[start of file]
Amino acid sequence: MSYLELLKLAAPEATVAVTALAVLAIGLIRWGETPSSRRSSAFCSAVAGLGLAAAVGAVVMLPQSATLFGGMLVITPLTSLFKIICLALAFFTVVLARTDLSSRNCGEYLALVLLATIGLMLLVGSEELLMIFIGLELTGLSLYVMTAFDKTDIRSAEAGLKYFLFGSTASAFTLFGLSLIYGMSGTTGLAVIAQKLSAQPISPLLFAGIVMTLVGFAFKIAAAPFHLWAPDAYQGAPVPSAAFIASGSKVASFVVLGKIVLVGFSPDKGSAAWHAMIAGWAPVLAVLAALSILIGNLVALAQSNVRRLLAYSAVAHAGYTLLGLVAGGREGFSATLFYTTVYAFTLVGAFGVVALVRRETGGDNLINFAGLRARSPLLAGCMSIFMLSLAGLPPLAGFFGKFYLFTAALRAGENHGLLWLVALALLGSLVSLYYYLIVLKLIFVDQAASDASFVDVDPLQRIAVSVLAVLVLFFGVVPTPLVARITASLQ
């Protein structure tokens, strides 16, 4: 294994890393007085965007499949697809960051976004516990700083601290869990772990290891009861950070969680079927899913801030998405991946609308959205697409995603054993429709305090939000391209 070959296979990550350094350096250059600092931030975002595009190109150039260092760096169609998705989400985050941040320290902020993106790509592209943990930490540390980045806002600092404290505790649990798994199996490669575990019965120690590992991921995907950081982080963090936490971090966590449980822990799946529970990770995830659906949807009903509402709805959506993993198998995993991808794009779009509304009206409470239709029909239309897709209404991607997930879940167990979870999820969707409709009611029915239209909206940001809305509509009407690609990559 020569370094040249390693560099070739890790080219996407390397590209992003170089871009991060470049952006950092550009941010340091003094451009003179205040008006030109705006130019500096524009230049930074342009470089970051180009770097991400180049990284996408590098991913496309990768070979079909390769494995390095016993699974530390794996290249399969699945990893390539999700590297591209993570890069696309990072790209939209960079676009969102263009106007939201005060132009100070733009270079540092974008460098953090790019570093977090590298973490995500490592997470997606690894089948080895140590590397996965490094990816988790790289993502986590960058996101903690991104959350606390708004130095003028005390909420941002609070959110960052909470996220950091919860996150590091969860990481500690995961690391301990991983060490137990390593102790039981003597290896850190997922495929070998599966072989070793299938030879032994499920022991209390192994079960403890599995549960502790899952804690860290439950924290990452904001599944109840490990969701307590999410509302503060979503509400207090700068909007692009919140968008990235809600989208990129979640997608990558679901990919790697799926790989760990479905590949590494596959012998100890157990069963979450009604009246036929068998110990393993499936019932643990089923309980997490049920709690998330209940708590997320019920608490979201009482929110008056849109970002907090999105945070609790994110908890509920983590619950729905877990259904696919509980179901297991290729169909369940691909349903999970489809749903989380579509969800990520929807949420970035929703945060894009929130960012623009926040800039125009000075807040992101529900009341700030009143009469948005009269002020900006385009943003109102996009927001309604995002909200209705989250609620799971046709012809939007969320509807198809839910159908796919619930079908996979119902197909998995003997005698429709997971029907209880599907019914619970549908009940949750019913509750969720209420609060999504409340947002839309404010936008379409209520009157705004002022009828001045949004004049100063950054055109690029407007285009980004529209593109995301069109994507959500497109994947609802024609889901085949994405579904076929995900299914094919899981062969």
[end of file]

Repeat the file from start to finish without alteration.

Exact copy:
Amino acid sequence: MSYLELLKLAAPEATVAVTALAVLAIGLIRWGETPSSRRSSAFCSAVAGLGLAAAVGAVVMLPQSATLFGGMLVITPLTSLFKIICLALAFFTVVLARTDLSSRNCGEYLALVLLATIGLMLLVGSEELLMIFIGLELTGLSLYVMTAFDKTDIRSAEAGLKYFLFGSTASAFTLFGLSLIYGMSGTTGLAVIAQKLSAQPISPLLFAGIVMTLVGFAFKIAAAPFHLWAPDAYQGAPVPSAAFIASGSKVASFVVLGKIVLVGFSPDKGSAAWHAMIAGWAPVLAVLAALSILIGNLVALAQSNVRRLLAYSAVAHAGYTLLGLVAGGREGFSATLFYTTVYAFTLVGAFGVVALVRRETGGDNLINFAGLRARSPLLAGCMSIFMLSLAGLPPLAGFFGKFYLFTAALRAGENHGLLWLVALALLGSLVSLYYYLIVLKLIFVDQAASDASFVDVDPLQRIAVSVLAVLVLFFGVVPTPLVARITASLQ
């Protein structure tokens, strides 16, 4: 294994890393007085965007499949697809960051976004516990700083601290869990772990290891009861950070969680079927899913801030998405991946609308959205697409995603054993429709305090939000391209 070959296979990550350094350096250059600092931030975002595009190109150039260092760096169609998705989400985050941040320290902020993106790509592209943990930490540390980045806002600092404290505790649990798994199996490669575990019965120690590992991921995907950081982080963090936490971090966590449980822990799946529970990770995830659906949807009903509402709805959506993993198998995993991808794009779009509304009206409470239709029909239309897709209404991607997930879940167990979870999820969707409709009611029915239209909206940001809305509509009407690609990559 020569370094040249390693560099070739890790080219996407390397590209992003170089871009991060470049952006950092550009941010340091003094451009003179205040008006030109705006130019500096524009230049930074342009470089970051180009770097991400180049990284996408590098991913496309990768070979079909390769494995390095016993699974530390794996290249399969699945990893390539999700590297591209993570890069696309990072790209939209960079676009969102263009106007939201005060132009100070733009270079540092974008460098953090790019570093977090590298973490995500490592997470997606690894089948080895140590590397996965490094990816988790790289993502986590960058996101903690991104959350606390708004130095003028005390909420941002609070959110960052909470996220950091919860996150590091969860990481500690995961690391301990991983060490137990390593102790039981003597290896850190997922495929070998599966072989070793299938030879032994499920022991209390192994079960403890599995549960502790899952804690860290439950924290990452904001599944109840490990969701307590999410509302503060979503509400207090700068909007692009919140968008990235809600989208990129979640997608990558679901990919790697799926790989760990479905590949590494596959012998100890157990069963979450009604009246036929068998110990393993499936019932643990089923309980997490049920709690998330209940708590997320019920608490979201009482929110008056849109970002907090999105945070609790994110908890509920983590619950729905877990259904696919509980179901297991290729169909369940691909349903999970489809749903989380579509969800990520929807949420970035929703945060894009929130960012623009926040800039125009000075807040992101529900009341700030009143009469948005009269002020900006385009943003109102996009927001309604995002909200209705989250609620799971046709012809939007969320509807198809839910159908796919619930079908996979119902197909998995003997005698429709997971029907209880599907019914619970549908009940949750019913509750969720209420609060999504409340947002839309404010936008379409209520009157705004002022009828001045949004004049100063950054055109690029407007285009980004529209593109995301069109994507959500497109994947609802024609889901085949994405579904076929995900299914094919899981062969």